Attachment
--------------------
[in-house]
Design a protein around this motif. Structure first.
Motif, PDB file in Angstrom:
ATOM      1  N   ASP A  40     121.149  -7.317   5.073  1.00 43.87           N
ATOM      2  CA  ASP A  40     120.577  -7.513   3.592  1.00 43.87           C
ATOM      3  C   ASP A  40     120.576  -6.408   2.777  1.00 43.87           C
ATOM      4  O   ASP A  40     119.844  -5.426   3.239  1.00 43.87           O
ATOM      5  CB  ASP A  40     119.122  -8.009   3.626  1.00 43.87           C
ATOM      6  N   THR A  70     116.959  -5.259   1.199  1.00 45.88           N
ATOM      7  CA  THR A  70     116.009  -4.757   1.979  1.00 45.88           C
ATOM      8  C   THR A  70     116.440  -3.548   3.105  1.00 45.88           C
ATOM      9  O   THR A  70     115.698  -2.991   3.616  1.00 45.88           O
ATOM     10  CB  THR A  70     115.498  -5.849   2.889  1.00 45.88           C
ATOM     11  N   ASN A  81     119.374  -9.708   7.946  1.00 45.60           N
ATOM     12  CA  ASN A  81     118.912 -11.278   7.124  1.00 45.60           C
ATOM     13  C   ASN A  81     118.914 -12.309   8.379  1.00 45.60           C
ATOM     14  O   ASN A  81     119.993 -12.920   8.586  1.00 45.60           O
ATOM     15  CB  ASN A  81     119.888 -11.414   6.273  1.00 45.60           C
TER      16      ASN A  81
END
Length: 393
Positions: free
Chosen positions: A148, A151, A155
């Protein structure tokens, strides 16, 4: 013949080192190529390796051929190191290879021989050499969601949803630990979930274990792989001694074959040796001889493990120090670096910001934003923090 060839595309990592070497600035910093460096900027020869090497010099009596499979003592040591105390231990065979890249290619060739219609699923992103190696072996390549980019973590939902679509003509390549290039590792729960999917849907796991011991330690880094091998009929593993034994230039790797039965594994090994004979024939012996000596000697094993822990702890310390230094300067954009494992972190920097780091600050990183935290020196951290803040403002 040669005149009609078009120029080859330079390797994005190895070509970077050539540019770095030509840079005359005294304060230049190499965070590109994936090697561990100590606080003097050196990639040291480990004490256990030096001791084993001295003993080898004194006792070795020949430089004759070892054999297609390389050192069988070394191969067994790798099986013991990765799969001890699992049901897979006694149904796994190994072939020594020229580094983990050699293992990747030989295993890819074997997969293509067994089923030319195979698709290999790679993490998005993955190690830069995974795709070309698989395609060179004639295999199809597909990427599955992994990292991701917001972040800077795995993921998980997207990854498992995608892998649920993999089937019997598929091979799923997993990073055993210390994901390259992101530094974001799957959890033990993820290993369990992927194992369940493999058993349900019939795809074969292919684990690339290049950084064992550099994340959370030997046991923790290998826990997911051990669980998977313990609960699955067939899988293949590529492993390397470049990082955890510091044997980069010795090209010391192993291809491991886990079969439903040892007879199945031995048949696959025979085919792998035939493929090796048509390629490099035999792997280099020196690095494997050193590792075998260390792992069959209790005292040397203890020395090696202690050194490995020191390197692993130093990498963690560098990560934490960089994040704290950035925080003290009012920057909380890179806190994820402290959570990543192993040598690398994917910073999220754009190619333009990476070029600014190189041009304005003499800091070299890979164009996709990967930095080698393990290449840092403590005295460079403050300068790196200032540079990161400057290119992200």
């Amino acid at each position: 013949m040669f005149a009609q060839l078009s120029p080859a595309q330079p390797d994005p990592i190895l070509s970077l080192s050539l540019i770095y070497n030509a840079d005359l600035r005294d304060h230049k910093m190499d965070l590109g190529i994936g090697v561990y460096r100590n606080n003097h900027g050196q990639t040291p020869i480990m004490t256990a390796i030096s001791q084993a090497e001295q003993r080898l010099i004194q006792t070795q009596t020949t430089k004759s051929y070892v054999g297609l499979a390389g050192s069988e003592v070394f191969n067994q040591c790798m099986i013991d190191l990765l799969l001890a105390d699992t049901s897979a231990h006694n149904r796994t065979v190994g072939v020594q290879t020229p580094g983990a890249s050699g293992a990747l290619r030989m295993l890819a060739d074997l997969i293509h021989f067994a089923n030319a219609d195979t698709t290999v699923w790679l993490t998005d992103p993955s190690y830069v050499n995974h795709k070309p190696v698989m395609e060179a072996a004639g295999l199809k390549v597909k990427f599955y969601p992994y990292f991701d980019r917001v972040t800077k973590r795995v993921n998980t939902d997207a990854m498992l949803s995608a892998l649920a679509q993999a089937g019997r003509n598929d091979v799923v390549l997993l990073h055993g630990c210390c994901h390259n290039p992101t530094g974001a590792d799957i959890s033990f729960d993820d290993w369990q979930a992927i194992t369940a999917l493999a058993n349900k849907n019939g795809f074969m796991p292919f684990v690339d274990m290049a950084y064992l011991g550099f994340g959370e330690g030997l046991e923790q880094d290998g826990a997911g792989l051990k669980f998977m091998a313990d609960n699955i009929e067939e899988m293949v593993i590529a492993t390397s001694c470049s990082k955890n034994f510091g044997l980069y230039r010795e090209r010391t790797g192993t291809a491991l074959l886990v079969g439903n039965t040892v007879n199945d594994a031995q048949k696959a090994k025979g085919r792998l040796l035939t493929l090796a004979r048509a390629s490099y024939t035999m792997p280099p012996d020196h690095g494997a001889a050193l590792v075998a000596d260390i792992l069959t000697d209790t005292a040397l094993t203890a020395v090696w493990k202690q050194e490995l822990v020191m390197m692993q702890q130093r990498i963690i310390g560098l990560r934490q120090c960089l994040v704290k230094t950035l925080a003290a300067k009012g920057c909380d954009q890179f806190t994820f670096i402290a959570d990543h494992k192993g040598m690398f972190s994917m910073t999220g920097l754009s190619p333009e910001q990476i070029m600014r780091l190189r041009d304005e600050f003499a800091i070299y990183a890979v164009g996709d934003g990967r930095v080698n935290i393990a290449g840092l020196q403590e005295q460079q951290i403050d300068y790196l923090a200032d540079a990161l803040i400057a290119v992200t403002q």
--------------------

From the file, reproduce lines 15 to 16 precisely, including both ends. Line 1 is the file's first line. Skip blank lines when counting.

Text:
ATOM     12  CA  ASN A  81     118.912 -11.278   7.124  1.00 45.60           C
ATOM     13  C   ASN A  81     118.914 -12.309   8.379  1.00 45.60           C